Lord willing, we hope to add another water tank to catch water from the forthcoming barn roof. In washing laundry at home by hand for seven people we go through a lot of water. This new tank will be mostly dedicated to that use. I should also note that I don’t always wash laundry at home. When water or time – or both – are short, we frequently wash many loads at the laundromat when we are going to town for other errands.

Helpful Resource: Rainwater Harvesting for Drylands and Beyond

Ponds

That “pond” at the forefront of the lead photo is actually the hole we dug to build our underground house in. For now it contains a solar-powered water pump which waters our gardens and fruit trees and as such has been a great blessing to our agrarian endeavors. 

We have two other ponds that we dug with a backhoe the first spring we lived here. Both are located near the main garden and orchard areas but the front pond has now had so much erosion that it is now more of a cattail garden than anything.

The goat pasture also includes small ponds for watering the animals and helping to keep water on the property.

Helpful Resource: The Bio-Integrated Farm

Most of the solar panels are located on this roof.

Power

We have solar panels (not pictured) that power a small solar refrigerator, minimal lights, and the laptops we use to work from home. We can also charge power tools and fans when we have plenty of sun.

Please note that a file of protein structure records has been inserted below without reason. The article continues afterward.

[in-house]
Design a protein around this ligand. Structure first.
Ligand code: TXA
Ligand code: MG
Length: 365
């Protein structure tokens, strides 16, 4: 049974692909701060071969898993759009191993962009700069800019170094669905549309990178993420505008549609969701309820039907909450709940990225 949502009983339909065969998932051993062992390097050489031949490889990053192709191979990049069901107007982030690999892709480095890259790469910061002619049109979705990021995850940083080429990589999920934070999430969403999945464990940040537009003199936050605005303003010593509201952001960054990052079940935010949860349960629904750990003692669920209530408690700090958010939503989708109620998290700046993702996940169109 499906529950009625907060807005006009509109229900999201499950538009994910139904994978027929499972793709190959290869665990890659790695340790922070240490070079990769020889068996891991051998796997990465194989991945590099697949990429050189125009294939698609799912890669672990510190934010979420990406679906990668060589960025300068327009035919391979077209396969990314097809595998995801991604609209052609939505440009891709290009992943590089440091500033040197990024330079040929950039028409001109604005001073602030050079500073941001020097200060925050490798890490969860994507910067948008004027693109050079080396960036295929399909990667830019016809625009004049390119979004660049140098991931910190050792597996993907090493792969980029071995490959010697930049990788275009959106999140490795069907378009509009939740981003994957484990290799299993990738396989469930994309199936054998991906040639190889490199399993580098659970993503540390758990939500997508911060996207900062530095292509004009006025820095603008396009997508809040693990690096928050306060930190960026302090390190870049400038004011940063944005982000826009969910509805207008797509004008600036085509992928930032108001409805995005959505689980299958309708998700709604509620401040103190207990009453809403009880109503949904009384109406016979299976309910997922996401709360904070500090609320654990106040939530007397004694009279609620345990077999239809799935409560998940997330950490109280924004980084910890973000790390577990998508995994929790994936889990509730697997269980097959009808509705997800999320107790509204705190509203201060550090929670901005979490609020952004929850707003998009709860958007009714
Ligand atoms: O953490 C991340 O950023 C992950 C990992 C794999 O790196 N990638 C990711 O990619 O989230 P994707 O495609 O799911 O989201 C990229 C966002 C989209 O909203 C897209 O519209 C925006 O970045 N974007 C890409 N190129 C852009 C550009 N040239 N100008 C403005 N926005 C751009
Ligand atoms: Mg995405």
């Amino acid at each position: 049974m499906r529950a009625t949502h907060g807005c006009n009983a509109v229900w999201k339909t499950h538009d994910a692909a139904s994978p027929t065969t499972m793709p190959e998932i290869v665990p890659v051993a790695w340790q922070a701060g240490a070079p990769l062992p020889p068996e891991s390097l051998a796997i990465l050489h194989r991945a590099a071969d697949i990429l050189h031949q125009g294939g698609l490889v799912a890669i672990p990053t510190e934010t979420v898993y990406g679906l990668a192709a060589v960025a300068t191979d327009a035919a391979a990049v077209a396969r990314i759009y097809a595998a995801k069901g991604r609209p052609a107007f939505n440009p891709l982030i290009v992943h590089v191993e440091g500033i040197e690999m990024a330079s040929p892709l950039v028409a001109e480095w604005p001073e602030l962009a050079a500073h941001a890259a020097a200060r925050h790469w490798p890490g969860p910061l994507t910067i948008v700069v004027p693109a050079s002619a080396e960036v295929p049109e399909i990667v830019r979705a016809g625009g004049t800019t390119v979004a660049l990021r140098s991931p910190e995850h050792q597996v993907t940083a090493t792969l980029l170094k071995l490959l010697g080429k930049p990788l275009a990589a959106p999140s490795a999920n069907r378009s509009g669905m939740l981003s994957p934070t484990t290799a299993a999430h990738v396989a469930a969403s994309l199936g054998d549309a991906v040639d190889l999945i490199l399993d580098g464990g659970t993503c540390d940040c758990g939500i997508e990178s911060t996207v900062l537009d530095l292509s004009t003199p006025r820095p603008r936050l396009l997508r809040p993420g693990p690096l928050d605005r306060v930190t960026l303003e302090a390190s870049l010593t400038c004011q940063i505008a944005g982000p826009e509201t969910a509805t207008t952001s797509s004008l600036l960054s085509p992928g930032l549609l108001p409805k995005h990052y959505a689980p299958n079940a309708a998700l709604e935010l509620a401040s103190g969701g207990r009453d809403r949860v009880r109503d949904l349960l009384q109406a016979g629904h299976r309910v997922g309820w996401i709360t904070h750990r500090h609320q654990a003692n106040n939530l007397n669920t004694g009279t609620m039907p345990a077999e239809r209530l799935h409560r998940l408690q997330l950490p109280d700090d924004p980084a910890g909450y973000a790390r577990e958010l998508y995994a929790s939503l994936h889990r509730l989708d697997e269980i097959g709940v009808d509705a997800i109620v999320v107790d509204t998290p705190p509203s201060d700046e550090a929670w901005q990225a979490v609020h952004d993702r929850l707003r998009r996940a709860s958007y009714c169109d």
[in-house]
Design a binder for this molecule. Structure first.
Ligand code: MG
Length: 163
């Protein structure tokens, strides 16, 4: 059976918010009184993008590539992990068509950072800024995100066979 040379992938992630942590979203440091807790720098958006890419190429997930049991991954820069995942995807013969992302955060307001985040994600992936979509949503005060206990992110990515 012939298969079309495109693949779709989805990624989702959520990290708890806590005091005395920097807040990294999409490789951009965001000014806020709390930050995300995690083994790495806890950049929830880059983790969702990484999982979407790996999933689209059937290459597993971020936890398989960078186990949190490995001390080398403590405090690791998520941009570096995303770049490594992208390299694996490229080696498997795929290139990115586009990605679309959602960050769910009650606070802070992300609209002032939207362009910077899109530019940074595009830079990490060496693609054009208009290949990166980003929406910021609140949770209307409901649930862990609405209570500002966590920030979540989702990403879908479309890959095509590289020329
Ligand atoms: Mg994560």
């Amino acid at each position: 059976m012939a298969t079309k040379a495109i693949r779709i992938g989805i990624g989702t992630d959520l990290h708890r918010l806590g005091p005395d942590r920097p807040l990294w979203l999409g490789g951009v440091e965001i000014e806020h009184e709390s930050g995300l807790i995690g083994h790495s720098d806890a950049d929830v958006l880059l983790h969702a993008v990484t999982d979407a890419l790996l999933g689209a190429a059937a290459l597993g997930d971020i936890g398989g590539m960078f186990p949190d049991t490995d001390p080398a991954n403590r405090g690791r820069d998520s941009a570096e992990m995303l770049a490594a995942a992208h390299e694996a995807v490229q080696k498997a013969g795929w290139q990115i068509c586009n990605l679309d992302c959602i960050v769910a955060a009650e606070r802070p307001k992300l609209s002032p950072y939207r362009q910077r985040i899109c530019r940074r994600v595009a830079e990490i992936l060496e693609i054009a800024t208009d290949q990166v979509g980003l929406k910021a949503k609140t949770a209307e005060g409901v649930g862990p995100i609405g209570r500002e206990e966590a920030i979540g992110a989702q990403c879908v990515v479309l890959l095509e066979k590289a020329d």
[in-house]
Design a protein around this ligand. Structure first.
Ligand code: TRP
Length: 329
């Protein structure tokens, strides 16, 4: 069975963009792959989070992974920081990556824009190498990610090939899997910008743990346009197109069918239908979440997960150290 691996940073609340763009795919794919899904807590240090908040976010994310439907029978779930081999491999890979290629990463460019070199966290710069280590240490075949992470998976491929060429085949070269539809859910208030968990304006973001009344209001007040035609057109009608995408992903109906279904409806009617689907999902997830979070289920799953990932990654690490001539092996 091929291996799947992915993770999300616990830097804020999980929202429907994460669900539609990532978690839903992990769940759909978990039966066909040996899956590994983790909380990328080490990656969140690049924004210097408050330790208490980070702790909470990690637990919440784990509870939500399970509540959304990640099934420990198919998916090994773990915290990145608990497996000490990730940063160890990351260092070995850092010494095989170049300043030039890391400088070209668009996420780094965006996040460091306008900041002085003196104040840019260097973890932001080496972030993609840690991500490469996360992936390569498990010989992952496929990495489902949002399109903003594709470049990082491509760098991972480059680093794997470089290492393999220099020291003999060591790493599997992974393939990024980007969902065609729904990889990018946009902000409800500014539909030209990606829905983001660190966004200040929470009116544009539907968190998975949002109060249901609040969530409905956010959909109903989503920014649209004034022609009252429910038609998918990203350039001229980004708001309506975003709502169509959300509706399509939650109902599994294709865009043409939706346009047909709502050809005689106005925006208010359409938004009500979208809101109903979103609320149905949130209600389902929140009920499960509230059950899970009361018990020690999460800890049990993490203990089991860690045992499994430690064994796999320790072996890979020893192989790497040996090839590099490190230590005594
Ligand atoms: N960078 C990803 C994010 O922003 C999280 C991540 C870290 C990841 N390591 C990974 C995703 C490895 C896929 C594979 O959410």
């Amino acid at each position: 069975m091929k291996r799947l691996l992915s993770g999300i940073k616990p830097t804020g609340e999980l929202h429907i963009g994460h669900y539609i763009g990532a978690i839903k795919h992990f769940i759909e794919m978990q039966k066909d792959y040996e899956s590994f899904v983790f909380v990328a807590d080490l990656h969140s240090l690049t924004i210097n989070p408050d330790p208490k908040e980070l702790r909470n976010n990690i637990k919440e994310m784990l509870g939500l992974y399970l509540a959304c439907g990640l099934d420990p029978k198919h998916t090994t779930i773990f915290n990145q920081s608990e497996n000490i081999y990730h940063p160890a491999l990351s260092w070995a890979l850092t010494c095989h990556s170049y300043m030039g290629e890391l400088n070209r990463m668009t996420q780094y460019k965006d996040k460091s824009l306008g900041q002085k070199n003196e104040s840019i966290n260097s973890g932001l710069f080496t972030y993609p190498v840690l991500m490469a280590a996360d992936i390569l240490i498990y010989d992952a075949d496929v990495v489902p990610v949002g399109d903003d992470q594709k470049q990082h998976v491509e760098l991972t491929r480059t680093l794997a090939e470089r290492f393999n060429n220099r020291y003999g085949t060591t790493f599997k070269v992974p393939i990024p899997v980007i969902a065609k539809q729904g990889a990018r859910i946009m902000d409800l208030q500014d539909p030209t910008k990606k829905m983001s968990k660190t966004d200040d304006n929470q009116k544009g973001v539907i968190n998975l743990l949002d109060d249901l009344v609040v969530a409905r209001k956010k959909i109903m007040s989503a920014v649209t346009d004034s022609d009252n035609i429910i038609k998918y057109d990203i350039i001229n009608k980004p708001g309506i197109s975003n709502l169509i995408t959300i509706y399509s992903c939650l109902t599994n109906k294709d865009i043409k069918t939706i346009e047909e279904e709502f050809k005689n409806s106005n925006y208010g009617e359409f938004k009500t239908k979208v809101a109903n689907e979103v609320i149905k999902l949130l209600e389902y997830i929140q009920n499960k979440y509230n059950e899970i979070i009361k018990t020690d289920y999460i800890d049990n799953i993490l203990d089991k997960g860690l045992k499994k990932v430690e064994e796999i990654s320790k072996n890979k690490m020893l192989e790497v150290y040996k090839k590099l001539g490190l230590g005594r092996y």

Propane

Last year we decided to replace the small propane tanks we were filling regularly with a large one we wouldn’t have to go to town to fill. This we use exclusively for the cook stove in our kitchen.

The wood stove when it was shiny and new.

Heat

We have a wood stove we use for heat and cooking in the cooler months (mostly November – March). We also have a lot of south-facing windows which makes a huge difference in the amount of wood needed to heat the house on sunny days.

We put the wood stove in with the bedrooms originally out of necessity since that was built before the kitchen. Now we heat only the bedrooms at night (and sometimes during the day) and close the door to the kitchen. Most of our firewood has been reclaimed from a local sawmill or harvested here on our acreage.

Waste

Here’s the thing that’s a huge priority but no one wants to talk about. We have mostly used a bucket system since moving off-grid. Our first temporary outhouse was an A-frame with a tarp and their is a hilarious story involving one of the children and a huge gust of wind which tells of its demise. I’ll leave out the details of that incident but ever since, we have used what I call the inside outhouse.